Ballad of the Never-Ending Date

by Kathleen Kraft

Mike was in the make-up biz
slung his shadows daily
He stayed up late and drank too much
Schnapps, dark rum and Bailey’sHe took me out for Italian
and looked into my eyes
then slurped his oiled salad
while I crunched my Oh My’s

What else you like to eat? I tried
Oh anything he said
Vietnamese or Thai I posed
He shrugged and bent his head

Tuesday was the second date
Thai on River and 3rd
He pushed the meat around his plate
A badly wounded bird

He choked on the cilantro
and then on his Coke
He slid off to the bathroom
then almost told a joke:

You’re like a girl from Woodstock…
I waited. Is that so?
Yup,
he winked and sputtered
as I chewed this guy slow

He drove me to my doorstep
then quickly locked the doors—
Joking! he laughed too loudly
as I breathed through my pores

But a sweetness was about him,
That I must now admit
in spite of the greasy fingers
the polyester knit…

and the eerie eye that rolled…
and the quivering lip
Something in his tone of voice
beckoned softly as a slip

It wooed me ‘til the twilight hour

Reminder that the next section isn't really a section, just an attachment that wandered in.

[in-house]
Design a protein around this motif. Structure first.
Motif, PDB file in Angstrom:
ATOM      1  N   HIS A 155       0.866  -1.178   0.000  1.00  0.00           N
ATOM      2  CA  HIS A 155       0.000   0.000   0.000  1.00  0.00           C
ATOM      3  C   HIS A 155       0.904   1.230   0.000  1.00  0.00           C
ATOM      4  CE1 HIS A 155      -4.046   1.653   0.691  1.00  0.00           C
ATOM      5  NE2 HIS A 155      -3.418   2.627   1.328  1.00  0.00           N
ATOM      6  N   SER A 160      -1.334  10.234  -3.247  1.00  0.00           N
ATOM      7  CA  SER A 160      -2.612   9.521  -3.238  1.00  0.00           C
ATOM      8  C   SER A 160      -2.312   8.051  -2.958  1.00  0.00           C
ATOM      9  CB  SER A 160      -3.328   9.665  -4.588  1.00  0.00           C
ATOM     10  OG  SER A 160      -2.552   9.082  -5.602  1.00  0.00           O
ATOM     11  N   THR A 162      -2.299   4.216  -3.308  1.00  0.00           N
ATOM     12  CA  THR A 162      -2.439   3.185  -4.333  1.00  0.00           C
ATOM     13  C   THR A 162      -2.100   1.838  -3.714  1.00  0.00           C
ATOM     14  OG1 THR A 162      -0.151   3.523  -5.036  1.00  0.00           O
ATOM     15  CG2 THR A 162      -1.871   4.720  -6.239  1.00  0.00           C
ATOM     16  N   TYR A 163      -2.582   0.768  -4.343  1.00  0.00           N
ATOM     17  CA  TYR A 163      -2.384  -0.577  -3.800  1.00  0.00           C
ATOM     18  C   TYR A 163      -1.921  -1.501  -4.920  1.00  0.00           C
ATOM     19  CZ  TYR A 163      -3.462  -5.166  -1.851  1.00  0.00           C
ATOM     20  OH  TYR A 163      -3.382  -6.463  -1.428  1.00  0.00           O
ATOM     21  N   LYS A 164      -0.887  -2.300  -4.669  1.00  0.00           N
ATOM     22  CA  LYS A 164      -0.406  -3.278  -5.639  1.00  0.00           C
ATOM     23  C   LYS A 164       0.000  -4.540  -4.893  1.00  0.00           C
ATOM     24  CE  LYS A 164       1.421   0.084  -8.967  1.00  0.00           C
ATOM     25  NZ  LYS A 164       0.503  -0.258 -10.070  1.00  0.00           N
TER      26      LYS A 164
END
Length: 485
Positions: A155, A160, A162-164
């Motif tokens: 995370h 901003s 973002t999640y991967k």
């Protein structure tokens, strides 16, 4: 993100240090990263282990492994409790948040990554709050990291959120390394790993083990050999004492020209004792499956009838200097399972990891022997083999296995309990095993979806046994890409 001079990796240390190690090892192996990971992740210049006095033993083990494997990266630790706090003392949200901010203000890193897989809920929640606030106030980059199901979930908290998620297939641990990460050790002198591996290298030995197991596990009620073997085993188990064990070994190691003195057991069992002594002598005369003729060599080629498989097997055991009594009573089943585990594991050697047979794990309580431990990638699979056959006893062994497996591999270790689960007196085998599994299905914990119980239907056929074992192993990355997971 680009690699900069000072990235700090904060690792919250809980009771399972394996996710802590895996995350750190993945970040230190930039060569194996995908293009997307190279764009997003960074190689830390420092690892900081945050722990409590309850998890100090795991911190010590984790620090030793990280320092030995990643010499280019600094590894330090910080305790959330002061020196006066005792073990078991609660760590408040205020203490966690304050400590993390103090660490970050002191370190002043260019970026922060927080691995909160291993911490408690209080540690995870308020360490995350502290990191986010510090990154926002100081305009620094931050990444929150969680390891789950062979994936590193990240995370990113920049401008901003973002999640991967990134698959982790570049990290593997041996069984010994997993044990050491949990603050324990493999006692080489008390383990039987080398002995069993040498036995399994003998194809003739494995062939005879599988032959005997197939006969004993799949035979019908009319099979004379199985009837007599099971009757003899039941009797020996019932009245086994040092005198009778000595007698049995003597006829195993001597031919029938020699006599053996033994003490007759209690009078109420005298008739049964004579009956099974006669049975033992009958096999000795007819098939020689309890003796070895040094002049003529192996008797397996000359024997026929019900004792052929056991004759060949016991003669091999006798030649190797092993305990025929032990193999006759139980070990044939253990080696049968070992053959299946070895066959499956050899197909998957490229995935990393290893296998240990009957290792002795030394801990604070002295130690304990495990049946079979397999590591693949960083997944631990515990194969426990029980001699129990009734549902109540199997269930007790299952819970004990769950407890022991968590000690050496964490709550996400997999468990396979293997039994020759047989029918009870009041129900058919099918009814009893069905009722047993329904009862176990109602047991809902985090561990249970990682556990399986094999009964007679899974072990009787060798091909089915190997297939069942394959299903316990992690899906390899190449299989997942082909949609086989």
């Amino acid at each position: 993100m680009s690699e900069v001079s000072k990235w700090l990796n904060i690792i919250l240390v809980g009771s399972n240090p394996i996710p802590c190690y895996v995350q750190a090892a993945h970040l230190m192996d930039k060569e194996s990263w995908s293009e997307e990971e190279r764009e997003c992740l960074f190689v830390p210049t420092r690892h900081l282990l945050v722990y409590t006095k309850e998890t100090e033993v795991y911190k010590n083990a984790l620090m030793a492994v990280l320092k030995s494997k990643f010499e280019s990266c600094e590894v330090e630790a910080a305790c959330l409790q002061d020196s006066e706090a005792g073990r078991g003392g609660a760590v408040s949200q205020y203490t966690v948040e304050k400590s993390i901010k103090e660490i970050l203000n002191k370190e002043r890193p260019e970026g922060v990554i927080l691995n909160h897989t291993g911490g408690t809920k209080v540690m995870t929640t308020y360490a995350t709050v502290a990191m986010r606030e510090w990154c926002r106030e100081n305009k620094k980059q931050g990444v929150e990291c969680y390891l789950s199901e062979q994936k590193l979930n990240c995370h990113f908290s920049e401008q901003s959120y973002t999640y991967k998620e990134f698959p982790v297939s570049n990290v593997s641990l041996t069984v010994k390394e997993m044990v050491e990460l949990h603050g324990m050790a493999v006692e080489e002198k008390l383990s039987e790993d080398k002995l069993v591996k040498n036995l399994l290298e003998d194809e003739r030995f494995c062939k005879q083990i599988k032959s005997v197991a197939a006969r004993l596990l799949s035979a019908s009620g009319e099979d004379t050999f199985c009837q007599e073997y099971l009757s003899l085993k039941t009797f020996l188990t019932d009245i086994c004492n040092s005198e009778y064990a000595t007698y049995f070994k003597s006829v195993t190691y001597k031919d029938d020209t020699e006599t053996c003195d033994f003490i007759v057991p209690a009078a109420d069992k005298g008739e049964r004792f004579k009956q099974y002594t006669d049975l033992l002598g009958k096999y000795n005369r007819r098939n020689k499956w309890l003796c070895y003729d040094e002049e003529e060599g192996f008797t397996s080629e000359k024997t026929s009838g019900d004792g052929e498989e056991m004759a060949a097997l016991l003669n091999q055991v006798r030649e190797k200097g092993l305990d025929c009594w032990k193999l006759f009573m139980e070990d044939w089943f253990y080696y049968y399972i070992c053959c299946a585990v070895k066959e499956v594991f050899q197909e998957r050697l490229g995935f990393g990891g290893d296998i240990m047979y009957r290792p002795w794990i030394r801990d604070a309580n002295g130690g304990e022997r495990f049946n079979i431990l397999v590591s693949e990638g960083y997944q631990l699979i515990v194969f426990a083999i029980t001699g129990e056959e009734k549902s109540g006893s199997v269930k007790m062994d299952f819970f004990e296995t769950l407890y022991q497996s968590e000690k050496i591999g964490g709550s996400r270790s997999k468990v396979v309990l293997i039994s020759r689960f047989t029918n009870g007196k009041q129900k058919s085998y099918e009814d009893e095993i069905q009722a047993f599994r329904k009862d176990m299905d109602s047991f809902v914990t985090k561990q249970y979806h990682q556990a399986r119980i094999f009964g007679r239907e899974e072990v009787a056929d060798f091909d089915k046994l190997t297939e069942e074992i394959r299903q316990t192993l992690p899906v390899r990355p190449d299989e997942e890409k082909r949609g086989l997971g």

and whispered as I slept,
caressed me gently as I woke
then led me to his step…

So, ladies, I am asking
Have you ever met a man
who repulsed you through and evenly,
then given him your hand?

~~~~~~

Author Bio
Kathleen Kraft received her MFA in Creative Writing from Sarah Lawrence College. More >
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10 thoughts on “Ballad of the Never-Ending Date

  1. JoeSchrauf says:

    truly remarkable in that I cringe w/ recognition, laugh out loud (no lol-ing, just laughing) and then feel resolved that everthing is as it should be. That’s your gift, Kathleen: visceral poetry that engages heart & mind.

    Like

  2. Michael Udesky says:

    I love this poem. Been thinking about it a lot lately. It’s dead on for the dating world and hilarious but also moving. Loved that one line, ‘as i breathed through my pores.” Would love to read more of yours.

    Like

  3. Samantha Hubbard says:

    I concur. I cringe. I said, “heavens, yes” when I finished reading this poem. I love the way you address the readers at the end and pose a question.

    Like

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